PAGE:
VSMs and Similarity
  • Vector dot product – how much the vectors have in common
  • Cosine distance is equivalent (vector dimensions normalized):

sim(qk,dj) = qkdj = Σwi,k wi,j

= cos qd

  • Cos = 1 means identical vectors (e.g., q = d)
  • Cos = 0 means orthogonal (completely opposite, no terms shared)

N

i=1

vsms and similarity2
VSMs and Similarity
  • Vector length
  • If vectors are not of same length, then normalize, dividing each component by vector’s length:

sim(q,d) =

vsms term weighting
VSMs: Term Weighting
  • In a given document, what are the most important words?
  • Those that occur most frequently?
  • Weight all terms in vectors just by frequency of occurrence in a particular doc?
vsms term weighting1
VSMs: Term Weighting
  • In a given document, what are the most important words?
  • Those that occur most frequently?
  • Weight all terms in vectors just by frequency of occurrence in a particular doc?
  • In a document collection
    • how do we “filter out” words common across collection
    • versus words important in a particular document (e.g., indicative of the “meaning” of this document)
vsms term weighting2
VSMs: Term Weighting
  • Simplest term (vector component) weightings are:
    • count of number of times word occurs in document
    • binary: word does or doesn’t occur in document
  • However, general experience is that a document is a better match if a word occurs three times rather than once
    • but not a three times better match!
  • Weighting functions to “dampen” term weight:

1 + log(x), x > 0, else 0

√x

  • Good, but not perfect:
    • Captures importance of term in document
    • But not if more important to this document versus other documents
tf idf
tf.idf
  • tf = term frequency
    • Term frequency within a document
    • Intuition: more frequent term in a document more likely to reflect document’s meaning
t f idf
tf.idf
  • idf = inverse document frequency
    • General importance of the term (across the collection)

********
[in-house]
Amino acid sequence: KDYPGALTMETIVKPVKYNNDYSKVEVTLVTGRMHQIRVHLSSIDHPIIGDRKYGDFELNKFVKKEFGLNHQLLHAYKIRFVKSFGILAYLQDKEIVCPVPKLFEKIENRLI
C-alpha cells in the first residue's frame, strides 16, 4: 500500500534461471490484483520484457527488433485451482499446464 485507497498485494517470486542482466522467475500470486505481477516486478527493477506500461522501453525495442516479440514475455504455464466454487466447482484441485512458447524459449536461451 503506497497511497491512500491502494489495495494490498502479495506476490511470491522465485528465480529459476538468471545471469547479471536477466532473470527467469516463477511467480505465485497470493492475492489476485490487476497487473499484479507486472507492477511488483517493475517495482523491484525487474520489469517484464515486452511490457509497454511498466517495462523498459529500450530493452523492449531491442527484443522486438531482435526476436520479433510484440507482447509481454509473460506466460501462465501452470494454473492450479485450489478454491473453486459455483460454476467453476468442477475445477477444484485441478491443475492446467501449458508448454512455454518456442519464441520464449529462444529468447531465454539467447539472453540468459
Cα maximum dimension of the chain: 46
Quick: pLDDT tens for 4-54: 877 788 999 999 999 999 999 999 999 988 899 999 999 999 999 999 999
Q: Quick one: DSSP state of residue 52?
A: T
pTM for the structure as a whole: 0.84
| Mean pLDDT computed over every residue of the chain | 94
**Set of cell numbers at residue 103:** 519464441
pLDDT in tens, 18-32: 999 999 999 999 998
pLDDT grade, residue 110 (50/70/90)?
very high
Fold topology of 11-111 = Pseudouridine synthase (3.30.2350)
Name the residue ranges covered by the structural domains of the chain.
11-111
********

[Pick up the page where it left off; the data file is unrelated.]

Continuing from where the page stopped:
• Squashed using log: log(N/ni)
      • N = all docs in collection
      • ni = all docs this term is found in
t f idf1
tf.idf
  • Weighting a term:
    • tf.idf weight for a given term y:

tf(y) x idf(y)

t f idf2
tf.idf
  • Weighting a term:
    • tf.idf weight for a given term y:

tf(y) x idf(y)

  • Example:
    • Doc d w/ 100 words has “fish” 3 times

tf(d,fish) = 3/100 = 0.03

    • Assume 10M docs, with fish occurring in 1K docs

idf(fish) = log(10,000,000 / 1,000) = 4

    • tf.idf(d,fish) = .03 x 4 = 0.12
t f idf3
tf.idf
  • What does it do?
  • High tf/idf weight for term that is common in a document but less common in collection
  • Low tf/idf weight for term that is rare in a document and more common in collection
  • Common terms tend to get lower weight
  • Can be done with limited supervision.
vsm doing a query
VSM: doing a query
  • Return documents ranked on closeness of their vectors to the query
      • Doc 1: [bass, guitar, player, folk, festival, Columbia, river]
      • Doc 2: [bass, lake, stream, fishing, Columbia, river]
      • Doc 3: [fish, cooking, class, Seattle, area]
      • Query 1: [bass fishing columbia river area]
      • Query 2: [bass fish cooking class eel river]

d1

d3

q2

d2

q1

vsms doing a query
VSMs: doing a query
  • But,
    • Query vectors will likely need to have the same dimensions.
    • Unlike documents though, dimensions may be sparsely populated.
    • This could lead to some problems.
  • Also,
    • What to do with OOVs/UNKs?
evaluating ir systems
Evaluating IR Systems
  • Precision, Recall

T = docs returned by request

R = relevant docs in T (relevant Ç retrieved)

N = irrelevant docs in T

U = relevant docs in collection (all relevant)

  • Then

|R|

Precision = ------

|T|

|R|

Recall = ------

|U|

  • Problems?
evaluating ir systems1
Evaluating IR Systems
  • Precision, Recall

T = docs returned by request

R = relevant docs in T (relevant Ç retrieved)

N = irrelevant docs in T

U = relevant docs in collection (all relevant)

  • Then

|R|

Precision = ------

|T|

|R|

Recall = ------

|U|

  • Problems? P&R well-defined for sets, not so great for ranked lists
interpolated precision
Interpolated Precision
  • Eleven-point interpolated precision
    • Interpolated precision measured at 11 recall levels (0.0, 0.1, 0.2), e.g.,
mean average precision map
Mean Average Precision (MAP)
  • For set of relevant docs at or above r, average precision is:
  • MAP typically calculated over ensemble of queries (i.e., we average the average precisions)
    • Tends to favor systems that return relevant docs at high ranks (arguably what we want!)
    • But…also, since recall is ignored, it can favor systems that return small sets (dependent on value for r)
  • For competitions, e.g., TREC, MAP calculated over ensembles of 50-100 queries
beyond ir
Beyond IR
  • We can envision retrieving the
    • Passage in the document that contains the answer
    • Extracting the answer itself
    • Question Answering (QA)
  • We call also envision IR across languages
    • Cross Language IR (CLIR)